The red spot and black spot FETs used in the G3WDG 10Ghz transverter from the 1990s were Plessey discards.
Presumably what the GATs morphed into after several years of R+D




On Wed, 9 Jun 2021 at 21:53, Clive Elliott GW4MBS via groups.io <humber1ton=btinternet.com@groups.io> wrote:
I still have this which I think is a GAT3, given to me 40+ years ago by either G3YGF or G3JVL. At the time I was living in Hampshire directly under their tropo path & gave me good experience in looking for weak signals. In fact I have to thank Julian for the nudge to take up CW to make full use of weak signals, hence my change in callsign.
--
Clive GW4MBS (ex-G8ADP)
Pottering on 6m - 3cm in a valley in IO71XW where any QSO is a triumph of optimism over geography!


Julian, G3YGF
 

Chris,
Yes, I think it was 1979. We used a GAT5 to get a 0.5dB preamp for G3OUR's 432 EME system, measured with the aid of liquid N2. If I remember correctly, the input circuit was about 3" of 1" wide copper foil stripline... It was written up in the Dec 80 Radcom.
About that time, we also obtained a ceramic substrate and chip with about 12dB gain on 10GHz to help us listen for G3JVL from GM land - all supplied courtesy of the same Dr Cripps/G3WDG/Plessey - again, many thanks!...
We rapidly learned a lot about LNAs, GaAsFETs, and the importance of making up reliable cables and T/R sequencing systems...
I think G3WDG wrote up a 1.3GHz version of the GaAsFET in Radcom shortly after.

I also recall a visit to G3LTF around that time, and his comment on our 432 GaAsFET was something like - "Ok, but you had it easy - I was getting similar results from a paramp, with a varactor pump at 10GHz, some time ago!".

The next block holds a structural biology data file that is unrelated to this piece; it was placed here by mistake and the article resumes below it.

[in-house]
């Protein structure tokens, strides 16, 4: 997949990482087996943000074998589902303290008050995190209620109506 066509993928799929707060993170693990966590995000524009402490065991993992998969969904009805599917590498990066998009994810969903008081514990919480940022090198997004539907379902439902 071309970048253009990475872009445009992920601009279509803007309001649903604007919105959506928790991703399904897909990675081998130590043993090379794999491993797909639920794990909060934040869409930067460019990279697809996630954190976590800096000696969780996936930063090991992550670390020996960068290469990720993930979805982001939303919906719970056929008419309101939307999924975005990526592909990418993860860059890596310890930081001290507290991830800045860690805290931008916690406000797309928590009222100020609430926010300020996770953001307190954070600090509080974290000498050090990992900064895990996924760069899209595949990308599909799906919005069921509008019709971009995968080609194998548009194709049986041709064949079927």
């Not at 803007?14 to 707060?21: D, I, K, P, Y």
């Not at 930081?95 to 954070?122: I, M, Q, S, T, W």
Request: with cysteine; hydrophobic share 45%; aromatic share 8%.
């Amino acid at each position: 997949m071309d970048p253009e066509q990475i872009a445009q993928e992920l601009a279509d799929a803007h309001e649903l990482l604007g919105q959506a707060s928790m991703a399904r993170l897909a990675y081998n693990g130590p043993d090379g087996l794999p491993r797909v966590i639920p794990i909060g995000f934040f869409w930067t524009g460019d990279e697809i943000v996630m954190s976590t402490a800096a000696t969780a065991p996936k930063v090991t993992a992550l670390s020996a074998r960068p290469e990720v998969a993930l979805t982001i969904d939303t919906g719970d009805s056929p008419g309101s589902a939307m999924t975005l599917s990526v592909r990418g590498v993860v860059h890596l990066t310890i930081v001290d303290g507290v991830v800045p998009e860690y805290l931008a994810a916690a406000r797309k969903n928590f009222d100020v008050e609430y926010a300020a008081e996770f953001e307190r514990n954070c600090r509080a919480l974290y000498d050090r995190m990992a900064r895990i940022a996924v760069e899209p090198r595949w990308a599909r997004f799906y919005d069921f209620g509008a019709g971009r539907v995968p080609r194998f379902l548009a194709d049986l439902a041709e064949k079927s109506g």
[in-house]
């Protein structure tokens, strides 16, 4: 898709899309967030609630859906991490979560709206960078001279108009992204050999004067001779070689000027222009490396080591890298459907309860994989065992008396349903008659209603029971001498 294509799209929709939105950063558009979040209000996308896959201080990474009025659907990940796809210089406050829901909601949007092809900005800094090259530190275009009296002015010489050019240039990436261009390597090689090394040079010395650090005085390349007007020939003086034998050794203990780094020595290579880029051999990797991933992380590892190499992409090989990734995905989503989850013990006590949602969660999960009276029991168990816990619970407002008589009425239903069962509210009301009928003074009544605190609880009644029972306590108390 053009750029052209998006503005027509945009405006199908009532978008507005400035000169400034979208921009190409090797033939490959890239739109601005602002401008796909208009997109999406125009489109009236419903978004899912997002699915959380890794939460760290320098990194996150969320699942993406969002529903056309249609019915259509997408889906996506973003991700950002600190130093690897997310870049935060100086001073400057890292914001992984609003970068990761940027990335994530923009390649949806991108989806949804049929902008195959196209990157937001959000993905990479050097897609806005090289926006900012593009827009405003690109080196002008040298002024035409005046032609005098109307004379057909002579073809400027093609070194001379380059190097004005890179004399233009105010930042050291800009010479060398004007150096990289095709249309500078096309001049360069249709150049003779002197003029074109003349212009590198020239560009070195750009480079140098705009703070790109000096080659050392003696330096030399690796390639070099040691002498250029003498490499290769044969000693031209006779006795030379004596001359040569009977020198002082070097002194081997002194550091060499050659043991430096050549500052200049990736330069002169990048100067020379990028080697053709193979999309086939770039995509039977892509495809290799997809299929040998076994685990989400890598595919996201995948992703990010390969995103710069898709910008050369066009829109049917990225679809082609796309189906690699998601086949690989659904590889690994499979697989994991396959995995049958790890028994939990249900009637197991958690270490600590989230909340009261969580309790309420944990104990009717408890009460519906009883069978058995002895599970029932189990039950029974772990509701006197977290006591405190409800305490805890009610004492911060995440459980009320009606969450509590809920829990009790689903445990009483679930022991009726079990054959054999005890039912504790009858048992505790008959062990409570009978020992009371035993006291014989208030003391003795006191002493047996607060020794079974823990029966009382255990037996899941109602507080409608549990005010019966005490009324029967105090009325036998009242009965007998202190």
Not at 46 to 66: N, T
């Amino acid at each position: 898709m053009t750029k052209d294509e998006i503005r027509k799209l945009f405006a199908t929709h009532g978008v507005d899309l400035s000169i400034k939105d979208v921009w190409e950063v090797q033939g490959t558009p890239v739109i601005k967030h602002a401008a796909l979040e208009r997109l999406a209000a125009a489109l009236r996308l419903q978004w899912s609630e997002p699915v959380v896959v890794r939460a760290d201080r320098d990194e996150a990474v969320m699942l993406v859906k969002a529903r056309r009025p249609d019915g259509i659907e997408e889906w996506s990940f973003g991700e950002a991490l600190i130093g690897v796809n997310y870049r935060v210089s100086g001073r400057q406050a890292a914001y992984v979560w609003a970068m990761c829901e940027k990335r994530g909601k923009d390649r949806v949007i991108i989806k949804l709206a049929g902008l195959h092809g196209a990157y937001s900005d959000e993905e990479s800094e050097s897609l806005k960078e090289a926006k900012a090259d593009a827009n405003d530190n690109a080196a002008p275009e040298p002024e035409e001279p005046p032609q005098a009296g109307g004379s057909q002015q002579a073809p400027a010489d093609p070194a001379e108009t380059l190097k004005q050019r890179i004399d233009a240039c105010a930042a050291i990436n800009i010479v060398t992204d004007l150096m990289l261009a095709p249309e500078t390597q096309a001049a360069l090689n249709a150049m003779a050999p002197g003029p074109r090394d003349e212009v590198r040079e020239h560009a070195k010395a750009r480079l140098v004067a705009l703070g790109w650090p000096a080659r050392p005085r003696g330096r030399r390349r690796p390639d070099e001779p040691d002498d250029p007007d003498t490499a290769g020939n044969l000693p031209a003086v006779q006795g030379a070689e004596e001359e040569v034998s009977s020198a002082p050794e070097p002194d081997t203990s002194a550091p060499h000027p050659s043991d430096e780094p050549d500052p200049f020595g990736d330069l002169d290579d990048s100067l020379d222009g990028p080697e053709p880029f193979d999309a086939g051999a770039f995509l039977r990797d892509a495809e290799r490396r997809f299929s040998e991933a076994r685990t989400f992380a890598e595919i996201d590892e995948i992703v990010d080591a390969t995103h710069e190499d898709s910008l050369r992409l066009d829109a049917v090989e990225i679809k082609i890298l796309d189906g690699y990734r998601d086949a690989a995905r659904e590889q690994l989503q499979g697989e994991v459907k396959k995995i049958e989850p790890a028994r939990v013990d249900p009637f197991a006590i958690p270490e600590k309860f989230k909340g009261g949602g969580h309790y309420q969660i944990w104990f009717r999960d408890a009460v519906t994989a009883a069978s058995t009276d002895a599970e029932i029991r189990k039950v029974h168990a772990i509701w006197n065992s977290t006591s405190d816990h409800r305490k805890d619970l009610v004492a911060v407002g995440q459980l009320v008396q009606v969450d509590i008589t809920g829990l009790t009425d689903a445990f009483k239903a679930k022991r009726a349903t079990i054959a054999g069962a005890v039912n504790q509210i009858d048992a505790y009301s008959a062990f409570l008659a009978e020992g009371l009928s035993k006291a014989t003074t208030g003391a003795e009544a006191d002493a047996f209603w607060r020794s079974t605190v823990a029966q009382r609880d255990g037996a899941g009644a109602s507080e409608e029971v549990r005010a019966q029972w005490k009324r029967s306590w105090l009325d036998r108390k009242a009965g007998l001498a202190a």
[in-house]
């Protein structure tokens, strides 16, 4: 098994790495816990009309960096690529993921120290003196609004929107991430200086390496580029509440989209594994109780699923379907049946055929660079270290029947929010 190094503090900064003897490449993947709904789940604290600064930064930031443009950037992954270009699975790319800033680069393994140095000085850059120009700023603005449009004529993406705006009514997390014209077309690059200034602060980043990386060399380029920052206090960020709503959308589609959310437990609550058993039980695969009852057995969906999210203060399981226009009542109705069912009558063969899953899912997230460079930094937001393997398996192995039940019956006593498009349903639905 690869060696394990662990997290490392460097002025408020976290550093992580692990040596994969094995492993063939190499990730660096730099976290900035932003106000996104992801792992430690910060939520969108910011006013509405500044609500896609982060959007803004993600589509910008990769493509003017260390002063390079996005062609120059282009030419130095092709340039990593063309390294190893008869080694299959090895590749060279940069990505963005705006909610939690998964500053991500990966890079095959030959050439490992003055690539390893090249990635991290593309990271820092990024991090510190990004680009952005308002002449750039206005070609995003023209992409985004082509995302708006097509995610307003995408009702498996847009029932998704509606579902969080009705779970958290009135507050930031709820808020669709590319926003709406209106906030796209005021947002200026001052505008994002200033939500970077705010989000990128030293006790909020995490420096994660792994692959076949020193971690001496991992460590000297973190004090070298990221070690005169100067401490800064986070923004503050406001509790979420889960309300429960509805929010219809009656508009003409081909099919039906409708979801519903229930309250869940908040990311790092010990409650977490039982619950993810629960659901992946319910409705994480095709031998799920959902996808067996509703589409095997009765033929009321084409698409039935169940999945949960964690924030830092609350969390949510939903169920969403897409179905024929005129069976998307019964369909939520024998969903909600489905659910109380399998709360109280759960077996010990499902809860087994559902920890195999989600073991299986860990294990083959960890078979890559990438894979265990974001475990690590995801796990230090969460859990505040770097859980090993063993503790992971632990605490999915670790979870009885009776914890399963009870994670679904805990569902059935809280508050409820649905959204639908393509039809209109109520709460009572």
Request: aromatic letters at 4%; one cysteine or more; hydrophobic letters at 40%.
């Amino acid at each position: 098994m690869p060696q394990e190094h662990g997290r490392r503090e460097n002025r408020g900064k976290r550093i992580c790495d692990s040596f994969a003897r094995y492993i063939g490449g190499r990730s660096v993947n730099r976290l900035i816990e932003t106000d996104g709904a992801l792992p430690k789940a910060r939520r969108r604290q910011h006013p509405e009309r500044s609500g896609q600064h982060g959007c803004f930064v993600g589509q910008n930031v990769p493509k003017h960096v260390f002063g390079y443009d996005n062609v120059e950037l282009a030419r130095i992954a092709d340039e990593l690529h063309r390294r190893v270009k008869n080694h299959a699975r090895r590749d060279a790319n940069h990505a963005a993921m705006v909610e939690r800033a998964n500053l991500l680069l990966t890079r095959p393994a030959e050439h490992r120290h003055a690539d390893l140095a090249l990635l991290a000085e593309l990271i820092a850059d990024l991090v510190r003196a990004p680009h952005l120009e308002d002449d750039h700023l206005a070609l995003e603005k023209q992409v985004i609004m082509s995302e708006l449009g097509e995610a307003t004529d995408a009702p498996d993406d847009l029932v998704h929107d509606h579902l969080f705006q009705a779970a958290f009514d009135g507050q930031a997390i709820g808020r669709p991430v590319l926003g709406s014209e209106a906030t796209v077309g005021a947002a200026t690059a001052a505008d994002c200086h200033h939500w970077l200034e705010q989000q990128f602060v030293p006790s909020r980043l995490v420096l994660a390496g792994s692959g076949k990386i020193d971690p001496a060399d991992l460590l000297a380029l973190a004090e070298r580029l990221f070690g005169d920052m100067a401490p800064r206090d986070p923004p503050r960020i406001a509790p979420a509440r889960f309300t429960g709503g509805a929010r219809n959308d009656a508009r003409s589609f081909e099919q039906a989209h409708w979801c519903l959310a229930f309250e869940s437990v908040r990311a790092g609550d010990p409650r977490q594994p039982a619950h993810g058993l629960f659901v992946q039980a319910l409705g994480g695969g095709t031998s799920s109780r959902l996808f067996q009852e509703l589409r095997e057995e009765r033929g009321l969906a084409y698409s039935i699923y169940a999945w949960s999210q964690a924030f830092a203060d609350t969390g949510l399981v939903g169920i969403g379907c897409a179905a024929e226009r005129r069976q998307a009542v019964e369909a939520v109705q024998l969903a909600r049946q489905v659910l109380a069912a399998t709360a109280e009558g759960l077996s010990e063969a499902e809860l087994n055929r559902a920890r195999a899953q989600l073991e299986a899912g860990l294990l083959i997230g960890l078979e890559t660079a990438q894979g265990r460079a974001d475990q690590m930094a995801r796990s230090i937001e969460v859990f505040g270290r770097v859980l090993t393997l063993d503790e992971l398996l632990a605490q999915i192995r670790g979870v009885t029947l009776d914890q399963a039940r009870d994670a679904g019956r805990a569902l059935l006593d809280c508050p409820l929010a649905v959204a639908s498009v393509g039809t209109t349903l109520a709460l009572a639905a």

<end of reminiscences>!

Julian, G3YGF

On 09/06/2021 20:40, Chris Bartram G4DGU wrote:
Hello Paul,

I did use a GAT3 and GAT5 at one time
I can't resist a comment on that ... So did I! I seem to remember using a GAT2 and GAT3 and maybe a GAT5. They taught me a lot about the need to get good T/R switching isolation, and to use proper sequencing for the c/o process :-)
.
My source was a certain Dr.(now Prof.) Cripps (ex-G3TPF) via Charlie, G3WDG. In about 1979 mine were used in a preamplifier for 432MHz EME, and very much from memory I achieved a noise figure of around 0.7dB measured by a thermal hot/cold source. that was more than 0.5dB better than I'd achieved with a then state of the art bipolar transistor. With my then 8 yagi antenna and about 700W from a K2RIW amplifier I could hear my own echoes most of the time. I also worked most of the stations then active on the band on CW, although Faraday wouldn't cooperate for a few. I think I was the first UK station to use a GaAsFET preamplifier for EME, beating the G3OUR group at Oxford by a couple of weeks.